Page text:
When you build a cocktail in metal, you’re generally building it over ice, but the ice is starting to melt before you start shaking. Where when you build it in a pint glass, you’re not touching the alcohol and the base with ice until you’re ready to shake. It would be like in the kitchen, the last thing you’re going do is put that piece of fish in a sauté pan once you know you have all of your sauces, vegetables and seasonings ready to go because you want that fish cooked just at the last second and as fresh as possible when you bring it to the table. That’s the same thing about a cocktail — you have everything put together; you have everything pre-tasted; then that last thing, you add ice to your shaker and give it a good shake in a Boston shaker. So I definitely can’t live without that.
  • On April 8, 2013
    Adam Seger answered the question: Adam Seger

    What’s Adam Seger’s favorite ingredient for cocktails?

    Passion fruit. I always call it the bacon of the cocktail world. It’s got great acidity, so you can have all kinds of fun with different kinds of sweeteners to balance it. I never use corn syrup or processed sugar in my cocktails, so anything I’m balancing with is either homemade syrup, maple syrup, agave or an interesting liqueur. Passion fruit has actually even more acidity often times than even a lime. It brings that to the table, but then also has these amazing top notes. And I always say that if there’s a cocktail that needs to be amped up a little bit chances are — and it doesn’t work with everything — a little passion fruit adds an extra element. Similar to if you add bacon to most things, it’s going to improve it.
  • On April 8, 2013
    Adam Seger answered the question: Adam Seger

    What cocktail trend would Adam Seger love to see end?

    I would love to see the extinction of new flavors of all kinds of base spirits. Whether it’s vodka, rum, tequila, now even bourbon — all of these big brands have added all of these flavors and it takes away from it. You just can’t get that quality in a mass-produced flavor like you can with maceration. I think, actually, it’s interesting because there have been bars that have gotten so bombarded with the hundreds of flavored vodkas that get marketed and pitched to them that a lot of them now aren’t carrying any flavored vodkas.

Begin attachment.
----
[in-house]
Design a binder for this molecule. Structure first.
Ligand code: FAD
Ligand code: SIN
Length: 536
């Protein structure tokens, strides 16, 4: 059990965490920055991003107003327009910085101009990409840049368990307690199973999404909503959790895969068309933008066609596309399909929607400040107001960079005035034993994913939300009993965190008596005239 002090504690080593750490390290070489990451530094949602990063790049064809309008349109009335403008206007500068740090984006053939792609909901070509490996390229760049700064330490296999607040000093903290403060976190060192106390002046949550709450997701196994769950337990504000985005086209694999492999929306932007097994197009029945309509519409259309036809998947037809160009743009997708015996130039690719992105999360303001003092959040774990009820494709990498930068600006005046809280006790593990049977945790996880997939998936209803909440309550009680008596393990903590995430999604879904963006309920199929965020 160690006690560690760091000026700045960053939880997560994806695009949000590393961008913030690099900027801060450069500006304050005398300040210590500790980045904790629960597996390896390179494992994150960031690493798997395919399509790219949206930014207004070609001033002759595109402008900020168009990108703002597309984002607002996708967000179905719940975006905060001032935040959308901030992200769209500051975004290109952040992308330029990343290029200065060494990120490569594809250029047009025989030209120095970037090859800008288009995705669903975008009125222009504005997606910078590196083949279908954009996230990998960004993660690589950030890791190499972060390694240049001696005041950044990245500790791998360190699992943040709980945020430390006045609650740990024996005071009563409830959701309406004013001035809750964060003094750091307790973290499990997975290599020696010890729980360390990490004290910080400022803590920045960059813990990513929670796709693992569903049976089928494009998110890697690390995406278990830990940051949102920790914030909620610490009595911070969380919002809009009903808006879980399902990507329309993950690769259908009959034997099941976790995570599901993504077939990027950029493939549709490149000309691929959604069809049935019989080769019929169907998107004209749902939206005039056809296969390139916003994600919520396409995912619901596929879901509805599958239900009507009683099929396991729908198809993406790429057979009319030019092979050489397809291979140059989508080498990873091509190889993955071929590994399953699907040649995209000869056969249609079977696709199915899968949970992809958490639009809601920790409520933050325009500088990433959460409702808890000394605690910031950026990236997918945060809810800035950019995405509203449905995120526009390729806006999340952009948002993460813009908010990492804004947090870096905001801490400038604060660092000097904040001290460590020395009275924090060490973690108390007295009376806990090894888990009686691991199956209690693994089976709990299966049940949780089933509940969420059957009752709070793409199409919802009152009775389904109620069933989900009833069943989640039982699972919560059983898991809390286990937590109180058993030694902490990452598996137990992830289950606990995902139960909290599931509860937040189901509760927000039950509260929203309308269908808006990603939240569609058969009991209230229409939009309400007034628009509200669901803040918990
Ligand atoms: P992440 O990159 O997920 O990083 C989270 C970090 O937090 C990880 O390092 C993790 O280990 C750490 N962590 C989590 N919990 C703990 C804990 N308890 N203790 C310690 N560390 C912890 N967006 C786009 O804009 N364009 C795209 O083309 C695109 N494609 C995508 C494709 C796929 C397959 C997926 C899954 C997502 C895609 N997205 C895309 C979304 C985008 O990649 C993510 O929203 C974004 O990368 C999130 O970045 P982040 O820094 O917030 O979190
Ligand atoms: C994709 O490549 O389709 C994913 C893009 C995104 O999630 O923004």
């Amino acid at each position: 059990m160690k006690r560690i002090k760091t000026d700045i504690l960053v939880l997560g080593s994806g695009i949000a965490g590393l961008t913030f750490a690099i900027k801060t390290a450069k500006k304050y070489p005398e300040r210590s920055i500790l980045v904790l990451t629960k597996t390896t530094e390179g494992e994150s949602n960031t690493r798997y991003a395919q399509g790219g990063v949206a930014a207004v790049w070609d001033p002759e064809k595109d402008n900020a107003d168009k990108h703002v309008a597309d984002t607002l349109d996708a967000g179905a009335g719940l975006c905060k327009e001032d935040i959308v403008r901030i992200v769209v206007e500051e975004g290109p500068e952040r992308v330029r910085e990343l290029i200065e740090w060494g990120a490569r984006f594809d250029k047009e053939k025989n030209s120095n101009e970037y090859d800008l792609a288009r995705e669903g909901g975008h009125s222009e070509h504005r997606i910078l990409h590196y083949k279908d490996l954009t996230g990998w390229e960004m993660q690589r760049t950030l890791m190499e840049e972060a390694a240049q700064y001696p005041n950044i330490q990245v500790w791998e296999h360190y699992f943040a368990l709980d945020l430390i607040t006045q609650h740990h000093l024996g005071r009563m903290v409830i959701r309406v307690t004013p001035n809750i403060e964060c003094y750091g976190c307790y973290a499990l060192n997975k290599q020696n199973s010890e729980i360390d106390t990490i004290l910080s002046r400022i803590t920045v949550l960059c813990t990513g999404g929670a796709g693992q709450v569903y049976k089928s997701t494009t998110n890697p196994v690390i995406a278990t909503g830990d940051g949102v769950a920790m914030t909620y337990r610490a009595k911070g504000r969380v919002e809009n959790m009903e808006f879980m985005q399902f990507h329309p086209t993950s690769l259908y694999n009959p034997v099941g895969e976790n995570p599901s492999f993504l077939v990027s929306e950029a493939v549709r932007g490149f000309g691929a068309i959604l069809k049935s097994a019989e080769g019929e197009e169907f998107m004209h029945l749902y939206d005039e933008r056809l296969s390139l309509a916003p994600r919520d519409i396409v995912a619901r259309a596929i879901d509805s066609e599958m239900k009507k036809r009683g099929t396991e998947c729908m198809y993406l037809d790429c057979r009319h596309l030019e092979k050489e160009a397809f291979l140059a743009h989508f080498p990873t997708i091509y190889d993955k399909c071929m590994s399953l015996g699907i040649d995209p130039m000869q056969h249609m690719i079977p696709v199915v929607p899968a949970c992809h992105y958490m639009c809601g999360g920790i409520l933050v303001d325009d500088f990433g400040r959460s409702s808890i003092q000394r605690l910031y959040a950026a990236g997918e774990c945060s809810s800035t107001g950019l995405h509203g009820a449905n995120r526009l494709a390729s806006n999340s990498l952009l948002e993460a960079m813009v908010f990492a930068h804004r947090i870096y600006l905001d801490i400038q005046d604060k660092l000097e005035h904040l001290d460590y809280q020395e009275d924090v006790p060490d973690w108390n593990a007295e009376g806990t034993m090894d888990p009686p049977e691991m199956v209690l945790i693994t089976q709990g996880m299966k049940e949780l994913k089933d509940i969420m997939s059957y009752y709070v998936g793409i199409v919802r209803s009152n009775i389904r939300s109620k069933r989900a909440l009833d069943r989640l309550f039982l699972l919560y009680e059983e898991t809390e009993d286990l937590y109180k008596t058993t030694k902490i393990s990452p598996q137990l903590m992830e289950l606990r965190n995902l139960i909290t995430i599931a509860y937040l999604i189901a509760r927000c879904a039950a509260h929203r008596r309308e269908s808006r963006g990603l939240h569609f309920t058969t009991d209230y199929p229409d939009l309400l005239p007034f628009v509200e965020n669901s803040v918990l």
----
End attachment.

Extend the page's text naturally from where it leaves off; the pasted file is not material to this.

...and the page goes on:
Now, they’ve got their craft vodka, and they’re doing their own infusions. It’s a little bit of a challenge with guests who have a particularly flavored spirit that is their go-to. It is a bit of an education when they’re like, “Well, why don’t you have Ketel Citroen?” or “Why don’t you have Bacardi Limón?” or “Why don’t you have Grey Goose La Poire?” And the bartender answers, “Well, we have this vodka or this rum or this bourbon, and we’ve infused it with local cherries, winter citrus, basil or whatever it is.”

    I think once guests try a fresh infusion, it’s a hit. For instance, we’ve got a location in Mizner Park in Boca Raton, and we don’t do any mainstream-marketed citrus vodkas. We’re Palm Beach County, which is one of the best citrus farm counties in the country, so we do local citrus for infusion for our house vodka. It’s really fun for somebody who has a particular brand that they really love; they try this with fresh local citrus, and it blows their mind that vodka can capture those lemon and lime oils so beautifully. You just can’t get it from something that’s not made from a real infusion.
  • On April 8, 2013
    Adam Seger answered the question: Adam Seger

    What are the latest cocktail trends Chicago?

    It’s very, very seasonal. I see a lot of things going on with winter citrus. When we get into the spring, rhubarb is the first local thing that we get, so I see that coming up quite a bit. More and more bars are starting to grow their own herbs and also go to the farmers market for seasonal produce for cocktails. So definitely seasonal adjustments are on the list quite a bit.

    There’s an absolute explosion of local spirits. We’ve gone from probably one craft distillery in the state for a number of years to five just in the city of Chicago. And the mixologists have kind of taken after the trend of the chefs. Chicago is definitely a big locavore city, and the chefs really support the local farmers and produce, and now the mixologists are starting to do the same thing with the local distilleries and local spirits.
  • On April 8, 2013
    Adam Seger answered the question: Adam Seger

    What is Adam Seger’s favorite cocktail?

    I would narrow it down to two because it kind of depends on the occasion. I love a classic champagne cocktail. Champagne’s my favorite wine, so it kind of kills two birds with one stone. And a well-made Manhattan is really hard to beat.